The main thrust of the change is to completely re-equip all the armed forces and bring it back up to strength. Starting from this year, 10% of redundant arms will be replaced, rising to 70% by 2020. In terms of money, Putin said at the start of this year the government will spend $38.5bn on new planes, guns and tanks, which is a bit more than the state spent on upgrading the rail system last year - the arteries that carry goods around the country and at the centre of the infrastructure investment programme.
Still, Russia's military expenditures cannot be compared with those of Nato countries, Baluyevsky said. The US alone spends over $700bn a year on its armed forces. "The US accounts for 47% [for the global arms spend] and the other Nato countries for 21% of global military expenditures, which makes about 70% in aggregate, and Russia's military expenditures are incomparable with these," Baluyevsky said.
The government has drawn up a long shopping list for the next few years. This year alone it will order 27 jets, more than 50 helicopters, 40-50 new submarines, as well as a fleet of T-90 tanks and possibly the new Tiger-class T-95 "super tanks." According to Putin, over the next 10 years more than 1,500 new aircraft and helicopters will be delivered to the air force, along with a slew of other material that will set Russia's dilapidated military-industrial complex humming.
The end result should be a more effective fighting force. As the military has barely been touched since the fall of the Soviet Union, Vice Admiral Oleg Burtsev, first deputy chief of staff of the Russian Navy, told radio show Ekho Moskvy that the upgrade can skip over several generations of weapons and go straight to the most modern.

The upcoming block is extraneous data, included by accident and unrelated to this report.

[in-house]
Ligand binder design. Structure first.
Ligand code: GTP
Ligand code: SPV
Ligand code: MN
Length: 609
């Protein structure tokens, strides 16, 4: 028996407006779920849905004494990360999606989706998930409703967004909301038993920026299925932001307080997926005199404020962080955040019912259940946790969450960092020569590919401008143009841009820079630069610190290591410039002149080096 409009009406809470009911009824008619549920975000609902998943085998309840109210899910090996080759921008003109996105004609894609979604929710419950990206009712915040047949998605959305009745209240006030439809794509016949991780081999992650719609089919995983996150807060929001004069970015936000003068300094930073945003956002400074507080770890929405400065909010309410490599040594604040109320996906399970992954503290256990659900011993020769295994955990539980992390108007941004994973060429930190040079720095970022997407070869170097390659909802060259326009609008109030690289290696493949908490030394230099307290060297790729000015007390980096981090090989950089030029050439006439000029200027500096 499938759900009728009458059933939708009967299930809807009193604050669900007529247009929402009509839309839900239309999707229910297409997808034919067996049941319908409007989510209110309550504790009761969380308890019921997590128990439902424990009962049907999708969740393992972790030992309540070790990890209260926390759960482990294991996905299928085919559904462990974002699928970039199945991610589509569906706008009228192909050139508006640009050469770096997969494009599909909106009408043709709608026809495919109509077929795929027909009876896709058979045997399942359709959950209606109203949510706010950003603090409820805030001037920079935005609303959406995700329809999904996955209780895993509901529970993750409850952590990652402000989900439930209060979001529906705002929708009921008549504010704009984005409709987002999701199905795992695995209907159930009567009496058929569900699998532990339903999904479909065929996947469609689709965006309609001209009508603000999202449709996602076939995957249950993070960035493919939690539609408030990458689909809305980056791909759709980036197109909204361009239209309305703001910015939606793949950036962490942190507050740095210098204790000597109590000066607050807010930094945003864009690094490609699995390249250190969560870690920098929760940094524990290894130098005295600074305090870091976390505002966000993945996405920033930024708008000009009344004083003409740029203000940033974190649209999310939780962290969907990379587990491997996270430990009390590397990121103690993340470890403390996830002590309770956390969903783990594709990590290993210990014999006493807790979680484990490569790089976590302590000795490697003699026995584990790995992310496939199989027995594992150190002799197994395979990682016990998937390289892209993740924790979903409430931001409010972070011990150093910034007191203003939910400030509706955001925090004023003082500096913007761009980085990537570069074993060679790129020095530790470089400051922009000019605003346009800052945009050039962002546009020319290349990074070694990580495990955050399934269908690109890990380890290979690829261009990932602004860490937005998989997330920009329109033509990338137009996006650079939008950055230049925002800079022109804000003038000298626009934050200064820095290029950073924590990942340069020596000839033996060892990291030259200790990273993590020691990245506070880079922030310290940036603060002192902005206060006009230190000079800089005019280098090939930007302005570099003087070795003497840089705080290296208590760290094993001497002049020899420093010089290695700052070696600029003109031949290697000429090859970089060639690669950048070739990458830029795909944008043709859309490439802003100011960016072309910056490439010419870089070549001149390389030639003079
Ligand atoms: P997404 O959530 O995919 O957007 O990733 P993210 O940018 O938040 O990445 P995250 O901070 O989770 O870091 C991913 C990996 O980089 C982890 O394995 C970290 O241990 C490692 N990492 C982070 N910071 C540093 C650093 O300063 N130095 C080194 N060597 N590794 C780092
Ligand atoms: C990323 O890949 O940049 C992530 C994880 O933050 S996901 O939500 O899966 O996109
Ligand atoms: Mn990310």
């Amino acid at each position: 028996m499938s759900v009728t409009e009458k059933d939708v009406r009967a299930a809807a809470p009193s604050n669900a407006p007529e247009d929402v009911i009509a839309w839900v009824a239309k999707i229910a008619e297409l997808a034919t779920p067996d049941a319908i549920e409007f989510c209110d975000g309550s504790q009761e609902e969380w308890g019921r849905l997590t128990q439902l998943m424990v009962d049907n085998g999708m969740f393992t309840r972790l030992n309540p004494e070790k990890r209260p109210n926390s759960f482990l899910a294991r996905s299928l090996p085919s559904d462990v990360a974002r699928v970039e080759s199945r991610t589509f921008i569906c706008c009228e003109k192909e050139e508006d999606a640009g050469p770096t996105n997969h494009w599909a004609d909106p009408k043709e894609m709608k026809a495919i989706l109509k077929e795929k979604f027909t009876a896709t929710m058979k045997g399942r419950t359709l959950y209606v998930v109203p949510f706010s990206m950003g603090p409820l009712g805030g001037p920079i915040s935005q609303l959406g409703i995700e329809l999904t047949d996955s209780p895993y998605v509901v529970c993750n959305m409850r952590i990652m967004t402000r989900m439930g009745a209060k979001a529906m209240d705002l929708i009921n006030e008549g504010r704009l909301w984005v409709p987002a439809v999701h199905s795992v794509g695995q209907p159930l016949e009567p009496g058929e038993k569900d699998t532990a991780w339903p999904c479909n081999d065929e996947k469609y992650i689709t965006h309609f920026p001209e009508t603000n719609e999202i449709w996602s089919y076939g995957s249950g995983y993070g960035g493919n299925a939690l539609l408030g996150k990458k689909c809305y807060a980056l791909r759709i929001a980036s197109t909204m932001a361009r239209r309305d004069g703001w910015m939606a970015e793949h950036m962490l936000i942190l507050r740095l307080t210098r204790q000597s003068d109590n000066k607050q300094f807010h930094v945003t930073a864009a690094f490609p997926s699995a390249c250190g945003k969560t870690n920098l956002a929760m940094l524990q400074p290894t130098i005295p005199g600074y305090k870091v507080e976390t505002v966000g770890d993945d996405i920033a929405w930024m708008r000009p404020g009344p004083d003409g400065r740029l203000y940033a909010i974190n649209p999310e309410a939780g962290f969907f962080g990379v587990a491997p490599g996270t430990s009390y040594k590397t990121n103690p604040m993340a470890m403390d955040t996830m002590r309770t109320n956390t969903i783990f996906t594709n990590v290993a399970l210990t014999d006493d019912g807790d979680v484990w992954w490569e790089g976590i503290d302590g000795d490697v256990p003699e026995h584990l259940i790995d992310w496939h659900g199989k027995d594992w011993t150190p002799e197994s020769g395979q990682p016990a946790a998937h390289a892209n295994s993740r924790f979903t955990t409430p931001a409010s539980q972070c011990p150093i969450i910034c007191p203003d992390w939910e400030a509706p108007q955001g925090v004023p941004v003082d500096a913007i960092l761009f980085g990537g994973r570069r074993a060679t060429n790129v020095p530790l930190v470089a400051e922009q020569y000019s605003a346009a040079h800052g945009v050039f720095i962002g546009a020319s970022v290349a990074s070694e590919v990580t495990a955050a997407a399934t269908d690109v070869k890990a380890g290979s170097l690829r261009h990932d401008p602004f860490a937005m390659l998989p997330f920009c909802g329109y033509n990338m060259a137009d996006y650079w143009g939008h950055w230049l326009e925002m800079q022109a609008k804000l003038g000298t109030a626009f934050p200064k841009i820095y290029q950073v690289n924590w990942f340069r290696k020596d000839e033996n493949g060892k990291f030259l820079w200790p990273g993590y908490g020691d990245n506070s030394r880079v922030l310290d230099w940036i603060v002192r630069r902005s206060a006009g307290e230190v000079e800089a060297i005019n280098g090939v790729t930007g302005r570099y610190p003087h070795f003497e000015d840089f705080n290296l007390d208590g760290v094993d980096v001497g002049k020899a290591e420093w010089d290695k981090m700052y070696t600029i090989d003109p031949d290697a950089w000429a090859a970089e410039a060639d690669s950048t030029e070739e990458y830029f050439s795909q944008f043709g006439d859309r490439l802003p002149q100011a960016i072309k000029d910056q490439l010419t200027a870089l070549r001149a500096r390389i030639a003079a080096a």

The goal of Russia's military spending is not just to upgrade its firepower; the investments are also an integral part of the president's modernisation programme. Russia remains a world leader in the production of high-tech military weapons, but the Kremlin has dropped a long-standing aversion to shopping abroad and recently has started buying weapons from its erstwhile enemies - not just because these weapons are better than Russia's (they are), but also because it wants to lift the technology to improve its own weapon systems.
China has been investing heavily in commercial laboratories in an effort to create new technologies, but most of Russia's R&D remains concentrated in the military-industrial complex. The military labs are still churning out world-class technologies like the T-50 fifth-generation fighter jet that made its debut in January, but little happens outside the complex. The idea is to pump money into defence labs and use these as a basis on which to build up technical expertise. To cut spending on military research would be to kill what little high-tech R&D is still happening. The upshot is Russia has swallowed its pride and is buying significant amounts of arms from abroad, most noticeably four Mistral helicopter carriers from France in a deal closed in April. "We have never had ships of this level. We believe that such high-technology hardware can be bought so as first to learn how to use it and then possibly even start manufacturing it on our own territory. We are focusing on this very aspect in holding negotiations with the French," Russian Defense Minister Anatoly Serdyukov said on Rossiya 24 news television channel after the deal was closed.
Russia is also in talks with other countries, cherry picking amongst their arms, such as a controversial deal to buy 1,000 Italian armoured vehicles from Iveco Defence Vehicles, which will put some Russian workers out of work.
Russia is actually already doing pretty well on the development front. The test flight of the new T-50 fifth-generation fighter jet makes Russia the only country in the world, apart from the US, to have an active fifth-generation fighter. Indeed, the T-50 was specifically developed to counter the US F-22 Raptor, which President Obama recently put on ice to cut costs as the government struggles to find money to cover its ballooning budget deficit.